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Thinking Machines – a magnet for great people


The Manhattan Project and its influence on scientists
W Daniel Hillis Scientist
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All of them would refer back to that institution of the Manhattan Project. You know, and they had different kinds of feelings about it. I mean, obviously, the way... the way that Philip Morrison ended up feeling about it was very different than the way that Edward Teller did. Freeman wasn't part of that. Freeman was off doing something else, because he wasn't an American citizen, I guess, but he was connected with it through Feynman, because he had explained the Feynman stuff. So even the people that weren't physically there, I think it was a very important part of their lives, it kind of shaped their lives. And for Feynman, it definitely shaped his image of how things should work. So one of the things he did when he came to Thinking Machines is he said, 'Well, we should set this place up like Los Alamos. We should have group leaders and we should have seminars', and he invited out Hopfield to be our first seminar speaker, and so there was a period when we were explicitly organised to be analogous to Los Alamos, with group leaders. But he would kind of always refer back to that as the way things should be done. And it clearly was, for all of them, I think, the most exciting period of their lives. Even if they had, I think, mixed feelings. Most of them had pretty mixed feelings about what they had accomplished. For instance, I think Dick said that they got so caught up in the technical wonder of what they were doing that they didn't even kind of notice that the original reason for it was over when VE day came. They were just about to get it working and they just... it never really occurred to them to stop at that moment. They didn't rethink it. They had so much momentum of the excitement of making this thing work. And of course they were all thrilled when it worked.

But then, when it actually got used, I mean there was a moment there when they thought, 'Well, maybe we can just do a demonstration project or...', they all started panicking a bit about it being used, but of course it was inevitable at that point that it would be. And then it got used and I think Dick went through a period of depression after that, where he said he just... he would, like, look at a bridge, some people building a bridge and say, 'Why are they building this? It's just going to get destroyed.' You know, why is anybody thinking about anything long-term? The whole world is going to go away. And so he went through a few years of that. Of course his... Arlene, his wife, had just died, so he was also depressed about that, but he went through a serious period of depression after the Los Alamos thing. And I think all of those guys had stories about how it influence them. Of course, Edward Teller was the opposite extreme: he went all-in and started developing the Super and that became his life of building bigger and bigger bombs.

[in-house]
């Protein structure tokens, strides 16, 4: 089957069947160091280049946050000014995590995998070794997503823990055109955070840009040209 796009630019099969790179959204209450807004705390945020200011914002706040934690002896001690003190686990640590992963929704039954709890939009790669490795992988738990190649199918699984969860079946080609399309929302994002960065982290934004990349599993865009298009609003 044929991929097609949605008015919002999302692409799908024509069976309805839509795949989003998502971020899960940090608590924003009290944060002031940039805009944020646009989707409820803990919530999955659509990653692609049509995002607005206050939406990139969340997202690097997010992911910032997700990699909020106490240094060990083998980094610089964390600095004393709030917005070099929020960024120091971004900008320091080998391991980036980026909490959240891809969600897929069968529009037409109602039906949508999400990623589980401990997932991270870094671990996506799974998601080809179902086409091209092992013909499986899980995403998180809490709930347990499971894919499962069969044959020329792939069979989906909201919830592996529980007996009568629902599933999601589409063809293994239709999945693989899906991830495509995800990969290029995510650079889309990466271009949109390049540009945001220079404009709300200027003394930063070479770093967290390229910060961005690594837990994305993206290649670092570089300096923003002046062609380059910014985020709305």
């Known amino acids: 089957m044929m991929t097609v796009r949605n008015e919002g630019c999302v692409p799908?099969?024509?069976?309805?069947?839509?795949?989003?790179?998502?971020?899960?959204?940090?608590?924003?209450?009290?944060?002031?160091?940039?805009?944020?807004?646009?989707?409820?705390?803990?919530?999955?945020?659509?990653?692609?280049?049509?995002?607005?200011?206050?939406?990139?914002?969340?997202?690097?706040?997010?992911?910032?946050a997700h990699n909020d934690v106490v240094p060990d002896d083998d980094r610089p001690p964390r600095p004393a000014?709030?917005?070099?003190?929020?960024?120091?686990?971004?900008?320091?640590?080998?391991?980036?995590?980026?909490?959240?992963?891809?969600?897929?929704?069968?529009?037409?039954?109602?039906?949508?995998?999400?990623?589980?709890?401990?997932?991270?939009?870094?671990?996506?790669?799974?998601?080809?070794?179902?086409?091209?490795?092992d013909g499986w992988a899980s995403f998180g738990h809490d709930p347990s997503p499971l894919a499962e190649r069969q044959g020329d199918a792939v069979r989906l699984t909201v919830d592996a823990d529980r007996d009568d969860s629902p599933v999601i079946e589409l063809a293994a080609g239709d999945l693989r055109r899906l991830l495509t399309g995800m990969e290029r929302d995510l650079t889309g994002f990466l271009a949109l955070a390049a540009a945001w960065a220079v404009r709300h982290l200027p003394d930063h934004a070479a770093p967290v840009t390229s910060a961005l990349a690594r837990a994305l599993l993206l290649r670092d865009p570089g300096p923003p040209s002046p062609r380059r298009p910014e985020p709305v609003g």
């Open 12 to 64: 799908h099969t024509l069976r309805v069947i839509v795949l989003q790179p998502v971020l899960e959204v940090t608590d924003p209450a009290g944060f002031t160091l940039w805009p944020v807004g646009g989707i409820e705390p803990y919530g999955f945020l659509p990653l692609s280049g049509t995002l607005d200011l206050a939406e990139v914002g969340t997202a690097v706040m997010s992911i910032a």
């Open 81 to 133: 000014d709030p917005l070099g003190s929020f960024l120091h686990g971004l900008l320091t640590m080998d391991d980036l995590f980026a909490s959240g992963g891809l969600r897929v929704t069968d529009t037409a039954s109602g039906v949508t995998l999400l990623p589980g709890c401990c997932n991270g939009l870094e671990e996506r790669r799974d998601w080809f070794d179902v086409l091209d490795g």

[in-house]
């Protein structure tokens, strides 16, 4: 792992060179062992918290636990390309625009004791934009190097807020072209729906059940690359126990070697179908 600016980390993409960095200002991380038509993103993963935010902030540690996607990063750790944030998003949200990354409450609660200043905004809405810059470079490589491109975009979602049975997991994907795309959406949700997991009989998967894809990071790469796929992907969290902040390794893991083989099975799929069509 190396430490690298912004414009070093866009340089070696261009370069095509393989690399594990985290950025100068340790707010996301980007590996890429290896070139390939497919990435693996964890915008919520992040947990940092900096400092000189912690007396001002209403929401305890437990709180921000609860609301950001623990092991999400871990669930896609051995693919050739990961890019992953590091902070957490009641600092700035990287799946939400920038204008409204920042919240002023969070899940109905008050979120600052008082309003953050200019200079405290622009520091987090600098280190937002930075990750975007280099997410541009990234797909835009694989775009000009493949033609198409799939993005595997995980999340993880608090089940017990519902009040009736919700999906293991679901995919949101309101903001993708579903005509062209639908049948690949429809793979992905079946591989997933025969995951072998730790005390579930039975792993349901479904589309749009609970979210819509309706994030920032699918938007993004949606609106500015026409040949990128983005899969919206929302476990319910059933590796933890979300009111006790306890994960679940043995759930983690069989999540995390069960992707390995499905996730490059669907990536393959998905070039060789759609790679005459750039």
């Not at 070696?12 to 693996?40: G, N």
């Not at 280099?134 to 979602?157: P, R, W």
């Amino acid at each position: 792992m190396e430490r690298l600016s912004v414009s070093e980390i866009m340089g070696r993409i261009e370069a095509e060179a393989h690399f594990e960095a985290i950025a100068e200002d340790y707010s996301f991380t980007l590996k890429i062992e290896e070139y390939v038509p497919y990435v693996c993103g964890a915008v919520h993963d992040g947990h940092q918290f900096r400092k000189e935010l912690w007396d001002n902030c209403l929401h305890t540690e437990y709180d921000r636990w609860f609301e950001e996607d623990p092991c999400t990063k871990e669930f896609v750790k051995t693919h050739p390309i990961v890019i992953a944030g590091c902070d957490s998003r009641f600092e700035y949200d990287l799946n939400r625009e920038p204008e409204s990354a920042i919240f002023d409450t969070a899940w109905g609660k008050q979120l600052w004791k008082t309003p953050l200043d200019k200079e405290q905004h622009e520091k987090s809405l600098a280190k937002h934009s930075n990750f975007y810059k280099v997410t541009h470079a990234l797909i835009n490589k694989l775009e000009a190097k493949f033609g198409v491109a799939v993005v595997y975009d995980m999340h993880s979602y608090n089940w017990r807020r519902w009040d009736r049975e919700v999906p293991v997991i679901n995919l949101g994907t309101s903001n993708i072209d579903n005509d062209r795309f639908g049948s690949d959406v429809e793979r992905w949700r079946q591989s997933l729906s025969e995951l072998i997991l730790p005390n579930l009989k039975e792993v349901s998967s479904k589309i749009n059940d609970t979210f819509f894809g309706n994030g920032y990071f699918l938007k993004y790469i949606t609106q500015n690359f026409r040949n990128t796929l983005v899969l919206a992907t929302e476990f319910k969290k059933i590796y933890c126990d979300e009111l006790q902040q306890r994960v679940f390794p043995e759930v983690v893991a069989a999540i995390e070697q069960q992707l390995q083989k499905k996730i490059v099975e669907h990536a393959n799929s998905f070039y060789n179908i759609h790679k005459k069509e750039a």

[Q] And starting Livermore?

And starting Livermore, that's right. So... but it's interesting how much that one event influenced that generation of physicists. And they were all extraordinary people. So I feel very lucky to have gotten to have known so many of them.

W Daniel Hillis (b. 1956) is an American inventor, scientist, author and engineer. While doing his doctoral work at MIT under artificial intelligence pioneer, Marvin Minsky, he invented the concept of parallel computers, that is now the basis for most supercomputers. He also co-founded the famous parallel computing company, Thinking Machines, in 1983 which marked a new era in computing. In 1996, Hillis left MIT for California, where he spent time leading Disney’s Imagineers. He developed new technologies and business strategies for Disney's theme parks, television, motion pictures, Internet and consumer product businesses. More recently, Hillis co-founded an engineering and design company, Applied Minds, and several start-ups, among them Applied Proteomics in San Diego, MetaWeb Technologies (acquired by Google) in San Francisco, and his current passion, Applied Invention in Cambridge, MA, which 'partners with clients to create innovative products and services'. He holds over 100 US patents, covering parallel computers, disk arrays, forgery prevention methods, and various electronic and mechanical devices (including a 10,000-year mechanical clock), and has recently moved into working on problems in medicine. In recognition of his work Hillis has won many awards, including the Dan David Prize.

Listeners: Christopher Sykes George Dyson

Christopher Sykes is an independent documentary producer who has made a number of films about science and scientists for BBC TV, Channel Four, and PBS.

Tags: Manhattan Project, Richard Feynman, Freeman Dyson, Philip Morrison, Edward Teller, Los Alamos

Duration: 3 minutes, 47 seconds

Date story recorded: October 2016

Date story went live: 05 July 2017